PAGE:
For election hackers, Deepfake technology is a new and even more dangerous tool

Deepfake technology means video can be fabricated of anyone doing and saying anything, write Michael Chertoff and Eileen Donahoe

For election hackers, Deepfake technology is a new and even more dangerous tool

Deepfake technology means video can be fabricated of anyone doing and saying anything, write Michael Chertoff and Eileen Donahoe

The election interference tactics originally deployed by Russia against the US and Europe are now global.

Hackers across the democratic world have exploited weaknesses in campaign email servers, probed electronic voting machines for vulnerabilities, set up troll farms to spread highly partisan narratives, and employed armies of bots to distort the truth online.

Tech experts in countries such as Iran and Venezuela have borrowed these tactics and joined efforts toward the same goals: To erode confidence in electoral processes and in democratic governance.

Aggressive monitoring by social media companies blunted some of the disinformation campaigns ahead of the recent, congressional midterm election. But these disinformation tactics are just the beginning of global vote-meddling.

As we look to the future — especially the 2020 US presidential election — there will be a far more dangerous interference tool, one that will be available not only to malign governments, but individual actors: Deepfake video.

Deepfake technology will enable users anywhere to fabricate video of anyone, doing and saying anything. With the help of artificial intelligence (AI), the technology allows users to combine and super-impose images onto existing source video.

It lets them go a step beyond the crude technique, first seen on Reddit, of making it seem that celebrities had appeared in porn movies, by placing images of their heads onto the bodies of adult film actors, allowing them to make convincing facial and voice manipulations.

Currently, a credible deepfake video is not easy to make, and only a few countries have both the advanced technology and the specialists. However, video- and audio-manipulation technology is progressing quickly and becoming easier to use, thereby giving less tech-savvy actors access to deepfake tools.

By the next US presidential election, these tools will likely have become so widespread that anyone with a little technical knowledge will — from the comfort of their home — be able to make a video of any person, doing and saying whatever they want.

Deepfake videos have the potential to do tremendous harm. If they can be easily fabricated to show candidates making inflammatory statements or simply looking inept, civic discourse will further degrade and public trust will plummet to new depths. Deepfake technology could take a bogus conspiracy theory — like ‘Pizzagate’, which falsely claimed that a Washington DC pizzeria was the centre of a child sex ring operated by Hillary Clinton and her campaign chairman — and make it appear even more credible, confusing the media and voters alike and sowing further discord among political parties, constituents, and even families. This means deepfakes could transform not just election interference, but politics and geopolitics.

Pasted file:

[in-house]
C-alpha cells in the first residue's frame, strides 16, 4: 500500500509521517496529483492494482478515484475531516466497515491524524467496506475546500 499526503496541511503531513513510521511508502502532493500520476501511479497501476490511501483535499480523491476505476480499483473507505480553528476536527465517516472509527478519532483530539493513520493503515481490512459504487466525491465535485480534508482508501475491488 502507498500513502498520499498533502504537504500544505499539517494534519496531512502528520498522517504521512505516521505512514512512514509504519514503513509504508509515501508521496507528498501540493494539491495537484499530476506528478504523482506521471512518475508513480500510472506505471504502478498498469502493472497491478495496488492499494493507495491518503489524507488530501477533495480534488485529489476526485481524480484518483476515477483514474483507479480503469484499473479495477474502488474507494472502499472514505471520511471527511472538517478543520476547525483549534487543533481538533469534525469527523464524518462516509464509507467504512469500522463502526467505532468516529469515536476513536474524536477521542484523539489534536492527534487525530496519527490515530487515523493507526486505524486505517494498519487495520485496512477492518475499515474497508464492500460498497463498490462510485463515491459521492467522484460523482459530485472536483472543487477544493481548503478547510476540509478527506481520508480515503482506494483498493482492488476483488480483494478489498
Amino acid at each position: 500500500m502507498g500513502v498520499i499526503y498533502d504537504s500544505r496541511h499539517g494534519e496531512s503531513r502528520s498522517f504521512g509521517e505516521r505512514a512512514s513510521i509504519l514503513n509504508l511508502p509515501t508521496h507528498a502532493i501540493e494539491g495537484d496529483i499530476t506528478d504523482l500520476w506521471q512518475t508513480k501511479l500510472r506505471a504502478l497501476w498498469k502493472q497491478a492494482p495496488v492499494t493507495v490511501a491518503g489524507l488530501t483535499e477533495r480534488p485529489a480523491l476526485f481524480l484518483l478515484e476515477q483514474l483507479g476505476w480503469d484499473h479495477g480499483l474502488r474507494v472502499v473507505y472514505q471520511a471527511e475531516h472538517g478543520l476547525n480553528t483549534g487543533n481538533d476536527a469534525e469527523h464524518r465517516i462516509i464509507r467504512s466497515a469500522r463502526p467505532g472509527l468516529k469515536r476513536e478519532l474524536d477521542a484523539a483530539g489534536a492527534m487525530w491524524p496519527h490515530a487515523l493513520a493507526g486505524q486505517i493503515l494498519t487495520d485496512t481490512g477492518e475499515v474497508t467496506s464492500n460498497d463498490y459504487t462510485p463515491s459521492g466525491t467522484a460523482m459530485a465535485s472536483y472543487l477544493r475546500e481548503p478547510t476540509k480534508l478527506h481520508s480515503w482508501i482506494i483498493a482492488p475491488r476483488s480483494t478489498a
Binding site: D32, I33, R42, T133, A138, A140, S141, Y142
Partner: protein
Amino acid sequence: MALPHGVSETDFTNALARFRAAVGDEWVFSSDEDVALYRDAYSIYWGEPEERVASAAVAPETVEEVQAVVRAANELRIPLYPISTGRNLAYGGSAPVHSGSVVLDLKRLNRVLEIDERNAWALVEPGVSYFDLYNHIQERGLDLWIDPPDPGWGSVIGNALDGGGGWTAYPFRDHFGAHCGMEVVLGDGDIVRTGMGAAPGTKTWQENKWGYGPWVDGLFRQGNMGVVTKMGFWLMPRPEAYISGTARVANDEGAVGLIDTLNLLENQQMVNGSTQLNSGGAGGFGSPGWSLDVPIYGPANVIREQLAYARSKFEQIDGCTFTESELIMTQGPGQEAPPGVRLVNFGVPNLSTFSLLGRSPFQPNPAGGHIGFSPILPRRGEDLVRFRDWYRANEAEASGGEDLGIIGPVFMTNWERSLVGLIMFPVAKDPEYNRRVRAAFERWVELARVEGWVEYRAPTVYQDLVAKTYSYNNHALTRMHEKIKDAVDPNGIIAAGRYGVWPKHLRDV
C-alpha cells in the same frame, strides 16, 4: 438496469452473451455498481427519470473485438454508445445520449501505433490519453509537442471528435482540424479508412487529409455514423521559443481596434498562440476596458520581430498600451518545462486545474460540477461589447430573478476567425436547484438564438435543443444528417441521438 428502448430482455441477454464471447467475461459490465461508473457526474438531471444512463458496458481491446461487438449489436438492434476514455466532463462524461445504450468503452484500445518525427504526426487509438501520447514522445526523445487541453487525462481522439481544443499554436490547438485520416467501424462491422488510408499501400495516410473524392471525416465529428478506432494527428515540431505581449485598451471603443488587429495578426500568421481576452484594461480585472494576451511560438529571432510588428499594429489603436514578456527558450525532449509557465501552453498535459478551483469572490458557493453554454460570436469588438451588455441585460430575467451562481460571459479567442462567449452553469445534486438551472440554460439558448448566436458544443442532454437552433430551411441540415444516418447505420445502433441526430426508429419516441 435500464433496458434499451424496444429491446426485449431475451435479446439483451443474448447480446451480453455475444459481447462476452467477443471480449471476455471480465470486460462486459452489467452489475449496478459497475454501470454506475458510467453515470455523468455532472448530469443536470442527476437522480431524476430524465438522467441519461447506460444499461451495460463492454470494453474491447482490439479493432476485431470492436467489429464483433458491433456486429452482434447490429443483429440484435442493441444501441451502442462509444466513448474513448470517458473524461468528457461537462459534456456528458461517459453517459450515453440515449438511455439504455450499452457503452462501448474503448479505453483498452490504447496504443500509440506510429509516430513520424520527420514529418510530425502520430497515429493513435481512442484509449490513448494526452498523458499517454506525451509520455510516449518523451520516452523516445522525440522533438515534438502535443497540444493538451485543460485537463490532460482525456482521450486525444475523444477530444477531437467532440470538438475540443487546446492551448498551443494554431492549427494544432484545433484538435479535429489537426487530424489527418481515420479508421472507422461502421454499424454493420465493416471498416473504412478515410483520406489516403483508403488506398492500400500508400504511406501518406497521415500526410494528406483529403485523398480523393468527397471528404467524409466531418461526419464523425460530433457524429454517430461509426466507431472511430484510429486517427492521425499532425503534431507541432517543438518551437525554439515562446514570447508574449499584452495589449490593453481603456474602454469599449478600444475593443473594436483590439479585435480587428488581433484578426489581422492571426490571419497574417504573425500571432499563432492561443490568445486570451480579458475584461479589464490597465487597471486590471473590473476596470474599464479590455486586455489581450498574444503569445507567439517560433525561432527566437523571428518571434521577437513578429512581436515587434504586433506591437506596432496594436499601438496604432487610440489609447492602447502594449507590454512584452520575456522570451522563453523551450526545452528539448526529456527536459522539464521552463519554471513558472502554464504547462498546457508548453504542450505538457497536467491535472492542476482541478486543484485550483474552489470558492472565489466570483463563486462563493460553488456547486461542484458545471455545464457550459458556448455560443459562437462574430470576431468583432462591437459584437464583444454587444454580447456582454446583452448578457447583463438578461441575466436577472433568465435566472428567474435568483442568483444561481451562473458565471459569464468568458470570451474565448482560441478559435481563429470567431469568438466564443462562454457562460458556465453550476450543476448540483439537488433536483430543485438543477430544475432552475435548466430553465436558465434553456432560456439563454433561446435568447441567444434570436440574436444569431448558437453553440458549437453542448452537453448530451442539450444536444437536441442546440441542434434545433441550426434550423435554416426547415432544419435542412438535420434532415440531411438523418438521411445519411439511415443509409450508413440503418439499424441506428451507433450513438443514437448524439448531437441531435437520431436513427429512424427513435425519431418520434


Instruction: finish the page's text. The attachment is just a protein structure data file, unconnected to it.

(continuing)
There are several measures that everyone who cares about democracy should take to prepare for this next wave of disinformation and election interference.

First, we must use AI to identify and stop deepfake videos, before they spread. AI can use machine-learning classifiers (similar to those used to detect spam emails) to sniff out imperfections in manipulated video invisible to the human eye.

It can detect otherwise invisible watermarking algorithms and meta-data built into authentic video, but tell machines whether the video has been tampered with. Governments and tech companies need to work together to develop this detection technology and make it widely available.

Second, social media and digital information companies in the private sector should turn their R&D fire on to this threat, before it spirals out of control on their own platforms.

Facebook has recently built a machine-learning model to detect potentially fake material, which it then sends to fact-checkers, who use a variety of techniques to verify the content. All social media platforms should embrace this challenge and treat it as a shared public-interest priority.

However, even action from social media companies will not be enough to contain deepfakes. Everyone working on election integrity has a responsibility to educate the public about the existence of these fraudulent videos — and how to spot them and prevent them from spreading.

Without greater public awareness of the danger, deepfake technology has the potential to cause electoral chaos and geopolitical instability. Our leaders and innovators must get ahead of this new weapon.

Developing detection technology and educating the public about deepfake disinformation must be priorities, if we hope to face down this threat to democracy.

Michael Chertoff was US secretary of Homeland Security, 2005-2009. Eileen Donahoe is executive director at the Global Digital Policy Incubator, Stanford Center for Democracy, Development, and the Rule of Law. Both writers are members of the Transatlantic Commission on Election Integrity, which unites political, tech, media, and business leaders to tackle election interference across the democratic world.

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